Thierry Morin has been chairman of Valeo's management board since March 2001. He took over from Andre Navarri, who was forced out by major shareholder CGIP after disagreements concerning the company's strategy. Morin, 50, joined the French supplier in 1989 as financial director of the clutch division. He was appointed vice president for finance, strategic operations and purchasing in 1996, senior vice president in 1997, and then chief financial officer in 2000. Morin talked to Automotive News Europe's Edmund Chew.
How does 2002 look for Valeo?
We keep gaining market share. But during eight years of industry growth in Europe, we developed a lot of bad habits. It is important to take the opportunity of -- if not a downturn, a plateau -- to restructure and get fit again for the next period of growth.
How is Valeo's restructuring going?
I am always dissatisfied because we have given ourselves some difficult targets. But, in terms of management, we have filled 80 senior positions. We have hired almost 2,000 engineers in research and development and in manufacturing.
How are Valeo's various operations performing?
In engine cooling, we are out of the poor situation that we were in at the beginning of 2001. I believe this branch is really back in shape. In lighting, it has been more complicated. You must change your manufacturing process because a part that used to be purely functional is now a cosmetic part. Our market share is holding up very well, but our costs are far too high because of this new styling trend.
What is the current situation at Valeo Electrical Systems, your troubled US operation in Rochester, New York?
We are negotiating with the unions and I hope we can get a convergence of viewpoints. Rochester lost E70 million in 2001. The factory has progressed in manufacturing efficiency, but we really need to eradicate these losses before it is too late.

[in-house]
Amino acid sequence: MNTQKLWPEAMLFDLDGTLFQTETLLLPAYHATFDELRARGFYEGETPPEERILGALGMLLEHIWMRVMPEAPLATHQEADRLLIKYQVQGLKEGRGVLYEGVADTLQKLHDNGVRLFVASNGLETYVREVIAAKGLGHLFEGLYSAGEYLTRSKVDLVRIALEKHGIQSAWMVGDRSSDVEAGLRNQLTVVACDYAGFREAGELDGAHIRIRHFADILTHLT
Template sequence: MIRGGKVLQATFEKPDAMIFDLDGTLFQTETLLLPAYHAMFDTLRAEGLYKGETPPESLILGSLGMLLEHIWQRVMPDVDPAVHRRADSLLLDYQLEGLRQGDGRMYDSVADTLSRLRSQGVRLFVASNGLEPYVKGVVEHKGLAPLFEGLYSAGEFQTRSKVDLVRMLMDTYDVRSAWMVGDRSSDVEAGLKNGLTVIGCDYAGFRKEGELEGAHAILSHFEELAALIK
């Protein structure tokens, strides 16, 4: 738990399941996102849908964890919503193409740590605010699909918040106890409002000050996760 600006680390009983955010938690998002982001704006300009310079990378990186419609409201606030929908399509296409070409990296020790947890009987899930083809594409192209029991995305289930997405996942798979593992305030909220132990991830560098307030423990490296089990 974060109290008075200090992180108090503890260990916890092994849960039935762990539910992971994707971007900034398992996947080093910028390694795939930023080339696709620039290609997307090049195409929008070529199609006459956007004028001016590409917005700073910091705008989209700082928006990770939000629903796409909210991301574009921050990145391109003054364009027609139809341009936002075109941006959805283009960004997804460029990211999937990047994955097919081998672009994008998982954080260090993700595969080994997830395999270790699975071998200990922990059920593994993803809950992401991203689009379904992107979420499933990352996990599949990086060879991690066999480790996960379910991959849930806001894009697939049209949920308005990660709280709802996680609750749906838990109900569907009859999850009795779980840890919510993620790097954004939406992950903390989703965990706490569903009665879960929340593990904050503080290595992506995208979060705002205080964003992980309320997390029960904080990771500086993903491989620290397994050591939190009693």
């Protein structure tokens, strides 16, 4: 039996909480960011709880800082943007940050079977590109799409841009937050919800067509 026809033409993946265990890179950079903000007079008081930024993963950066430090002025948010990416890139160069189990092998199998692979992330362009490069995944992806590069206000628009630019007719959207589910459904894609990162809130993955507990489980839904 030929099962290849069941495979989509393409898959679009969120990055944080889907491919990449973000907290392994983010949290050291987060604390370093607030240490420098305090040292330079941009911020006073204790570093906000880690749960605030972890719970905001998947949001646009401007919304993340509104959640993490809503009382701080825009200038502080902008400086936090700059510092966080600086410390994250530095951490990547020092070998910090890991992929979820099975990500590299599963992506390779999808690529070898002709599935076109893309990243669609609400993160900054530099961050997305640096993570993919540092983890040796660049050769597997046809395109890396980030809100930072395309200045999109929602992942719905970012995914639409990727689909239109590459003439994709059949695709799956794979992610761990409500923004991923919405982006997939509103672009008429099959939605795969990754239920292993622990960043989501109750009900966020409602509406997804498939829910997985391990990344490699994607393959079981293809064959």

How intense is the pressure to cut prices?
The pressure is always high. I have never seen a period when there was not high pressure on prices. But a company can accommodate this pressure through technology. If you have a unique technology, then you are not under as much pressure. Alternatively, you can offer some productivity gains. We had 170 plants when we started our recovery program in March 2001. Now we have 143. We have a better cost structure [with] the same products in fewer plants. In purchasing restructuring, we reduced the number of suppliers by 900 in 2001. I want another 600 in 2002. That will give us just over 3,000 suppliers.
Why are you doing that?
We had acquired supplier relationships with our various acquisitions. If you do not create synergies [with an acquisition], it is not profitable. If you want to create synergies, you often have to change suppliers.
How are customer requests changing?
We are getting more engineering and systems business. We are working on projects that are complete domains.
How does that work?
For example, Valeo created rain and speed sensors -- you integrate that with specific computers and actuators and you have an automatic wiper system that doesn't require switches anymore. In lighting, Valeo created light or tunnel sensors, and you have headlamps that switch on automatically when needed. We can combine things for the client at acceptable prices. We can actuate the wiping and headlamp systems with only one sensor. It is not only a matter of cost, but also of space. It is better to have just one sensor rather than three.
Which areas will grow fastest?
Electrical and electronic. Valeo has more than half its business in the electrical and electronic areas. When I joined Valeo, 85 percent was mechanical.
You have several alliances. Do they create advantages?
We created several alliances over the last five or six years. We have one in lighting with Siemens in North America, called Valeo-Sylvania. We created a partnership in Japan in clutches and transmission components, and we took a financial stake in [Japanese lighting supplier] Ichikoh. And we have a joint venture with Bosch in the air-conditioning business, called Zexel. In each we are looking for cross-fertilization in technologies. This is how it works: Valeo helps its partners in manufacturing capability and management control, while we get new technologies.